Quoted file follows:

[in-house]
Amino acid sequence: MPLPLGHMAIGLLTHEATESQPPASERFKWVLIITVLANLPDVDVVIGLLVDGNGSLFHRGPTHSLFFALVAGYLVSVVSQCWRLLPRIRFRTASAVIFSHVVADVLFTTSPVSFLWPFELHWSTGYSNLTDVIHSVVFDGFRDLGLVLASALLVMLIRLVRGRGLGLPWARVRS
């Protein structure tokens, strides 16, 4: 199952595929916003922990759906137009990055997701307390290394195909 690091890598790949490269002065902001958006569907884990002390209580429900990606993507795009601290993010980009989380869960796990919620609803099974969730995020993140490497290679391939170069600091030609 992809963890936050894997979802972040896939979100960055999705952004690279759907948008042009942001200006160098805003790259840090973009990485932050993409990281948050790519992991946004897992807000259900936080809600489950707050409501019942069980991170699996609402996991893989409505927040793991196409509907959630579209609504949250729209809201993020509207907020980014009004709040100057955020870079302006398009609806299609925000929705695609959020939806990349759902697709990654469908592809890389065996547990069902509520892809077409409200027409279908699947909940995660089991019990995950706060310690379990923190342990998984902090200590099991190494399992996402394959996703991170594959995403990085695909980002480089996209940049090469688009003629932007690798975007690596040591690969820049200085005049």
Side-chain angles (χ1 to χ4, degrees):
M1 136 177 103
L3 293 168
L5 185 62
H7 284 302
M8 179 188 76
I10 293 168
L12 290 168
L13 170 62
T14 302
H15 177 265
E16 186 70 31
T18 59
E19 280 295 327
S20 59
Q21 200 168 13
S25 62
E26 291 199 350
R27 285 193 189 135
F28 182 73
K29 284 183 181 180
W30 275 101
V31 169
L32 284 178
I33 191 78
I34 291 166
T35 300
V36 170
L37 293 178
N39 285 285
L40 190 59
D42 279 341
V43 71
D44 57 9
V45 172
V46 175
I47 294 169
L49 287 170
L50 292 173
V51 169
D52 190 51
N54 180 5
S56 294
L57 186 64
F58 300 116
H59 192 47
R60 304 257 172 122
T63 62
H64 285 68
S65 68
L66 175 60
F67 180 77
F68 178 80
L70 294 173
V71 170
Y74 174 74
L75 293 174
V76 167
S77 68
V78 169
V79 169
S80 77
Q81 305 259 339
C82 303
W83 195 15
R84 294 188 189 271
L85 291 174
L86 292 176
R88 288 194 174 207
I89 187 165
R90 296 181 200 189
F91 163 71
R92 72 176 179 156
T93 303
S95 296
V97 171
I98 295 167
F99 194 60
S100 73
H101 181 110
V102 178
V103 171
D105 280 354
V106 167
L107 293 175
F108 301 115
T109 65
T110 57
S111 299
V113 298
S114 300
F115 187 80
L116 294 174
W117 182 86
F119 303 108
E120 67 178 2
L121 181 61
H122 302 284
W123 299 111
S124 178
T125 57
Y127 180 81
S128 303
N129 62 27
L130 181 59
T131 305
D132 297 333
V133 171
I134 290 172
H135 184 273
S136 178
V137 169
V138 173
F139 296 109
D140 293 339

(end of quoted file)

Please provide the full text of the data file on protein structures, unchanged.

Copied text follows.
[in-house]
Amino acid sequence: MPLPLGHMAIGLLTHEATESQPPASERFKWVLIITVLANLPDVDVVIGLLVDGNGSLFHRGPTHSLFFALVAGYLVSVVSQCWRLLPRIRFRTASAVIFSHVVADVLFTTSPVSFLWPFELHWSTGYSNLTDVIHSVVFDGFRDLGLVLASALLVMLIRLVRGRGLGLPWARVRS
């Protein structure tokens, strides 16, 4: 199952595929916003922990759906137009990055997701307390290394195909 690091890598790949490269002065902001958006569907884990002390209580429900990606993507795009601290993010980009989380869960796990919620609803099974969730995020993140490497290679391939170069600091030609 992809963890936050894997979802972040896939979100960055999705952004690279759907948008042009942001200006160098805003790259840090973009990485932050993409990281948050790519992991946004897992807000259900936080809600489950707050409501019942069980991170699996609402996991893989409505927040793991196409509907959630579209609504949250729209809201993020509207907020980014009004709040100057955020870079302006398009609806299609925000929705695609959020939806990349759902697709990654469908592809890389065996547990069902509520892809077409409200027409279908699947909940995660089991019990995950706060310690379990923190342990998984902090200590099991190494399992996402394959996703991170594959995403990085695909980002480089996209940049090469688009003629932007690798975007690596040591690969820049200085005049």
Side-chain angles (χ1 to χ4, degrees):
M1 136 177 103
L3 293 168
L5 185 62
H7 284 302
M8 179 188 76
I10 293 168
L12 290 168
L13 170 62
T14 302
H15 177 265
E16 186 70 31
T18 59
E19 280 295 327
S20 59
Q21 200 168 13
S25 62
E26 291 199 350
R27 285 193 189 135
F28 182 73
K29 284 183 181 180
W30 275 101
V31 169
L32 284 178
I33 191 78
I34 291 166
T35 300
V36 170
L37 293 178
N39 285 285
L40 190 59
D42 279 341
V43 71
D44 57 9
V45 172
V46 175
I47 294 169
L49 287 170
L50 292 173
V51 169
D52 190 51
N54 180 5
S56 294
L57 186 64
F58 300 116
H59 192 47
R60 304 257 172 122
T63 62
H64 285 68
S65 68
L66 175 60
F67 180 77
F68 178 80
L70 294 173
V71 170
Y74 174 74
L75 293 174
V76 167
S77 68
V78 169
V79 169
S80 77
Q81 305 259 339
C82 303
W83 195 15
R84 294 188 189 271
L85 291 174
L86 292 176
R88 288 194 174 207
I89 187 165
R90 296 181 200 189
F91 163 71
R92 72 176 179 156
T93 303
S95 296
V97 171
I98 295 167
F99 194 60
S100 73
H101 181 110
V102 178
V103 171
D105 280 354
V106 167
L107 293 175
F108 301 115
T109 65
T110 57
S111 299
V113 298
S114 300
F115 187 80
L116 294 174
W117 182 86
F119 303 108
E120 67 178 2
L121 181 61
H122 302 284
W123 299 111
S124 178
T125 57
Y127 180 81
S128 303
N129 62 27
L130 181 59
T131 305
D132 297 333
V133 171
I134 290 172
H135 184 273
S136 178
V137 169
V138 173
F139 296 109
D140 293 339